After interviewing 135 serial killers and personally examining Gacy’s brain, she concluded that “Murder is just an action. It has no meaning. It has no motive. It has no underlying cause. The most frightening part about a serial killer is there is no reason.”

She said that still little is known about what creates a serial killer. Scientists have determined that it’s something in the “electrical system” that’s acted upon by hormones present in the brain during the beginning of adolescence. That’s all they know.

What’s apparent is that one cannot predict human behavior. You cannot define the reasons for human behavior, and this was evident in the Gacy case. He was only interested in the power of life and death and being the person making the call. His excitement was the power of deciding when another person dies, and that’s the scariest type of serial killer.

Patterns of a Serial Killer

While we’re still a long way from fully understanding serial killer brains, we have been able to effectively map the patterns of a serial killer. Here’s what we know:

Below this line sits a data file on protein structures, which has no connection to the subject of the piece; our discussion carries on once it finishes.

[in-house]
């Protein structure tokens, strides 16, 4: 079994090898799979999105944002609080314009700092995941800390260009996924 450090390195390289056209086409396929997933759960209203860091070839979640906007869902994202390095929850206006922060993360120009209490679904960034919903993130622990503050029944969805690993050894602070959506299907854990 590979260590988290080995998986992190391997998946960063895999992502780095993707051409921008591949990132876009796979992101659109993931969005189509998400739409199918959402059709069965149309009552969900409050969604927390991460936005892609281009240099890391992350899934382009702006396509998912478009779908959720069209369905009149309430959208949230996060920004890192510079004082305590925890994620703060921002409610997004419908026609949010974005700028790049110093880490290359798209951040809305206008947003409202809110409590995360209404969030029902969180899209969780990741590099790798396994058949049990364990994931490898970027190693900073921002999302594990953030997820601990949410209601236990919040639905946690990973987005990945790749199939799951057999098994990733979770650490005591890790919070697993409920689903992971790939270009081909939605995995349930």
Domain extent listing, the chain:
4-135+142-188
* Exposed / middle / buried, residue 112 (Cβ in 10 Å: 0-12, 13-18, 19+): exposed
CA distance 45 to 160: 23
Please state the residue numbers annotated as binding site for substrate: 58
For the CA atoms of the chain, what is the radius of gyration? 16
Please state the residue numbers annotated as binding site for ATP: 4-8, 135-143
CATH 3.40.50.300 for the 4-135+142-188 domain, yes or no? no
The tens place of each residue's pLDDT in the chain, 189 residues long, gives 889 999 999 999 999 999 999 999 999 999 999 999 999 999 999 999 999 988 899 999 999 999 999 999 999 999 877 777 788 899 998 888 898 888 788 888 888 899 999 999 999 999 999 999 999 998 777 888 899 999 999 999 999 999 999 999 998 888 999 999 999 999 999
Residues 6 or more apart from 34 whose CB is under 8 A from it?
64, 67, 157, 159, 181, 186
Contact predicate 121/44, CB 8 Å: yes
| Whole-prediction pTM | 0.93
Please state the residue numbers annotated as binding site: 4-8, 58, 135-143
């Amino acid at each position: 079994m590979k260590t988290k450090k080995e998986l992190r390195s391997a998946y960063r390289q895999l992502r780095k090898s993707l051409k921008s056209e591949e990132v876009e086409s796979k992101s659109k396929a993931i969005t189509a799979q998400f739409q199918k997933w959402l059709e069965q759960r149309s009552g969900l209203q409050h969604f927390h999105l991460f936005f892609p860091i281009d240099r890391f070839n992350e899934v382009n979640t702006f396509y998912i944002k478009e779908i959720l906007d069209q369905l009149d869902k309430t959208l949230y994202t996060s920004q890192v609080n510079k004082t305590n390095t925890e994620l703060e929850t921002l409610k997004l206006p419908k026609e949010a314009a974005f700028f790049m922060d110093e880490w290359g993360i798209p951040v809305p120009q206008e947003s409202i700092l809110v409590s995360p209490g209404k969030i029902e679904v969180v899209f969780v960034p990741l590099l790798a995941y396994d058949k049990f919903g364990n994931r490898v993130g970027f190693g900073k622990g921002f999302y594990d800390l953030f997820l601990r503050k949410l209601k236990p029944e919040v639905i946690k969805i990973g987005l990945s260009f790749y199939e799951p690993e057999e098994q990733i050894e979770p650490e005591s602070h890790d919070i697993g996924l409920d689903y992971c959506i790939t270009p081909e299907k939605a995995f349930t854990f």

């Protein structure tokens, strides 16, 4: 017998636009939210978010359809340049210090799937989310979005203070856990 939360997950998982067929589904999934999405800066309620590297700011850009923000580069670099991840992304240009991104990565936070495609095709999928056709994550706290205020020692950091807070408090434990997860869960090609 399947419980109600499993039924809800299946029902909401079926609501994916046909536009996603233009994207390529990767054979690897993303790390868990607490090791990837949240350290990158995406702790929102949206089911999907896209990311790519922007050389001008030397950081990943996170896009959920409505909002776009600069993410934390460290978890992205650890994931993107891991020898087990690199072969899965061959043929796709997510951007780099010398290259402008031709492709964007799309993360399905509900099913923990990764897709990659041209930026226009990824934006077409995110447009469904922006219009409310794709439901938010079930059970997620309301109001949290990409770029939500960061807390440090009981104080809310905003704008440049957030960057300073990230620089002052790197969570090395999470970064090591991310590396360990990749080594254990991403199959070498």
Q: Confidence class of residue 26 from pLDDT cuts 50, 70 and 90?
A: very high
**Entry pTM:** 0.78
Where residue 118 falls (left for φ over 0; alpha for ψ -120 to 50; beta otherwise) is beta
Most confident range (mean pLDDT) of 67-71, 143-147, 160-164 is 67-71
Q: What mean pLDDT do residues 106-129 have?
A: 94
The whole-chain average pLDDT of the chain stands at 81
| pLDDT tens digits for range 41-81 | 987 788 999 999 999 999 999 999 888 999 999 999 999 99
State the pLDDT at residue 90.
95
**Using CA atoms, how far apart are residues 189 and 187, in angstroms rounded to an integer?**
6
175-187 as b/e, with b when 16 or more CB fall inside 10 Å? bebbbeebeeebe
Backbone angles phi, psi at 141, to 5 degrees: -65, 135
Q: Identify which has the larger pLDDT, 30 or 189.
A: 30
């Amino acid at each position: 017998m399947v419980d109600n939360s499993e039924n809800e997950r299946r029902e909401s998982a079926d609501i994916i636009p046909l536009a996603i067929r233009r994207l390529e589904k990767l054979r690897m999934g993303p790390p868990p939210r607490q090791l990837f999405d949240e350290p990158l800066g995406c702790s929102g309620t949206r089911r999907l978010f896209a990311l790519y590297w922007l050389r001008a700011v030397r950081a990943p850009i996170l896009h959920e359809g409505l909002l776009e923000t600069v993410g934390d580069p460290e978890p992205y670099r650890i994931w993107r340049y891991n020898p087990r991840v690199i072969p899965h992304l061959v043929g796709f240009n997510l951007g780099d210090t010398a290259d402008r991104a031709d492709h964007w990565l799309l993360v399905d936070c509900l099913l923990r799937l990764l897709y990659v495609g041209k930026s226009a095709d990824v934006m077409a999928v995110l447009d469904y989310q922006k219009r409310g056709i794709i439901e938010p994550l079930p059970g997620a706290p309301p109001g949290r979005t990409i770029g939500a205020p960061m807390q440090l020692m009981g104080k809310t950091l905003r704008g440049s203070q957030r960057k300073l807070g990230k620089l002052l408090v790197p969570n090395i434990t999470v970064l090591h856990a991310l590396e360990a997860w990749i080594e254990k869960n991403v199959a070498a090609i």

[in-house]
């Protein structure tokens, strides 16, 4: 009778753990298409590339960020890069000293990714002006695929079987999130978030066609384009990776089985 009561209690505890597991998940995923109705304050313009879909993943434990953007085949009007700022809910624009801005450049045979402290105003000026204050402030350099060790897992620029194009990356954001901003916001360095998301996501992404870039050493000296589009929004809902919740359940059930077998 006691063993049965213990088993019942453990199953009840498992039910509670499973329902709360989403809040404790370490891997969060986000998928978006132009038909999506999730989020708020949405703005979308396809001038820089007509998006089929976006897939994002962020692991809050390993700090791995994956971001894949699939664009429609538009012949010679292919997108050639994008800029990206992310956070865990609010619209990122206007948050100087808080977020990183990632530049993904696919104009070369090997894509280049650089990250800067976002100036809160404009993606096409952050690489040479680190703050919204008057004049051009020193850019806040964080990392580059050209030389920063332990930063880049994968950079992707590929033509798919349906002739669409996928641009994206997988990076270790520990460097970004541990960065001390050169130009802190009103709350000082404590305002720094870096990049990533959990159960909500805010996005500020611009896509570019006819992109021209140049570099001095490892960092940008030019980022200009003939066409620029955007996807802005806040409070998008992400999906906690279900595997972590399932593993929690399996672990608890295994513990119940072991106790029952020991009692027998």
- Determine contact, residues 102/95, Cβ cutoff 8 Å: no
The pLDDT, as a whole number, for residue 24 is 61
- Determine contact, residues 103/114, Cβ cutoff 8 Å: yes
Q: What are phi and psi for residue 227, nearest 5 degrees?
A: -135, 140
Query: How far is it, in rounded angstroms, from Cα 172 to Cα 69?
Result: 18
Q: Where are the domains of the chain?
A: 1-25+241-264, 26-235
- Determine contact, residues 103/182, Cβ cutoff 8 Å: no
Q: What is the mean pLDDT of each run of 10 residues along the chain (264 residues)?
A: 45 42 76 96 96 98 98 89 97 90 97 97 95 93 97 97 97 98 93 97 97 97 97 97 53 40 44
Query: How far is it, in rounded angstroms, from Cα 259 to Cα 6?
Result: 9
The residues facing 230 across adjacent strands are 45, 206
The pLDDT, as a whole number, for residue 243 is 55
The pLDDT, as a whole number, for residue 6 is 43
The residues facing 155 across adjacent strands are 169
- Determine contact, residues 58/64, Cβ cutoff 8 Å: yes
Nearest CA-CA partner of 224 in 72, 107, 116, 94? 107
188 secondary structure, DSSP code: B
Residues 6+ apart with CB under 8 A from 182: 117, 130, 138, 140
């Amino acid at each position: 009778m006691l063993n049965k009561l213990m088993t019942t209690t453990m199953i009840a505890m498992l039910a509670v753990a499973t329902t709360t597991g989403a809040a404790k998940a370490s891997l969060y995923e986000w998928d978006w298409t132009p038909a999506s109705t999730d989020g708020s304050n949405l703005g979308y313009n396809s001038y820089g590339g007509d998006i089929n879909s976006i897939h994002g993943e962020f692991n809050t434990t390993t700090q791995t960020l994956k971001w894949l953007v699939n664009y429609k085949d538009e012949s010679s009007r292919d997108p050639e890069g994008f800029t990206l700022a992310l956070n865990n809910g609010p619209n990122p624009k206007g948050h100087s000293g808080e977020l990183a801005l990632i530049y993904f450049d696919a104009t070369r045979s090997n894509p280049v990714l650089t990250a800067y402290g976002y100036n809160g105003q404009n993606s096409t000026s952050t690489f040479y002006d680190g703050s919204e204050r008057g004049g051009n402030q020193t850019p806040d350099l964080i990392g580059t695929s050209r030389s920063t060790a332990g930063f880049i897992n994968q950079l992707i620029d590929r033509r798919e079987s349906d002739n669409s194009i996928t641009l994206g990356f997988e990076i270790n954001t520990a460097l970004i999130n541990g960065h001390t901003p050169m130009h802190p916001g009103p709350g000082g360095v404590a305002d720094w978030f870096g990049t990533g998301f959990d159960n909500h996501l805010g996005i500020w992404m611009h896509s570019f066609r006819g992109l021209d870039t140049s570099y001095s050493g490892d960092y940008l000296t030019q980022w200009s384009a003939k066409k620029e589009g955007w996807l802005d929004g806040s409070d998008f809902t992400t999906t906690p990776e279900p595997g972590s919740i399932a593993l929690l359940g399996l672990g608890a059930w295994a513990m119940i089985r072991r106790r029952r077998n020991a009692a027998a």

• In 1900 there were 38 serial killers worldwide.
  • From 1910 to 1950, there were between 48 and 74 serial killers worldwide.
  • By 1960 this number jumped to 202 and increased every year until 1980 when there were 709.
  • The number decreased a bit by 1990 to 681 and further reduced by 2000 to 412.
  • In 2010, the number of serial killers worldwide was the lowest since the 1940s at 59 serial killers.

Who are the top 10 serial killers of all time?

As you can see, there have been a lot of serial killers throughout history. So, who are the top 10 serial killers of all time? Let’s take a look (in no particular order):

  1. Dr. Harold Shipman
  2. HH Holmes
  3. Jack the Ripper
  4. Ted Bundy
  5. Jeffrey Dahmer
  6. John Wayne Gacy
  7. Ed Gein
  8. Albert “Boogeyman” Fish
  9. Aileen Wuornos
  10. Butcher of Rostov

Who is the sickest serial killer in history?

It’s said that one of the sickest serial killers in history was HH Holmes. He went as far as to construct a “Murder Castle” where he lured his victims. Once inside, his victims would become disoriented and lost before becoming caught in one of his traps. Another at the top of this list is the British doctor named Harold Shipman. It’s said that he killed over 200 people, mainly consisting of older women and men.

In Conclusion

As medicine and science advance, there’s no doubt that we’ll know how the brain of a serial killer works one day. In the meantime, there are neuroscientists and psychologists around the world conducting studies on brain scans of serial killers. The good news is that the occurrence of serial killers has dramatically reduced within the last decade or so. In the end, we can only hope that we get answers soon or this decline continues for decades to come.

Original infographic via in 2013, content updated November 2022.

The Brain of a Serial Killer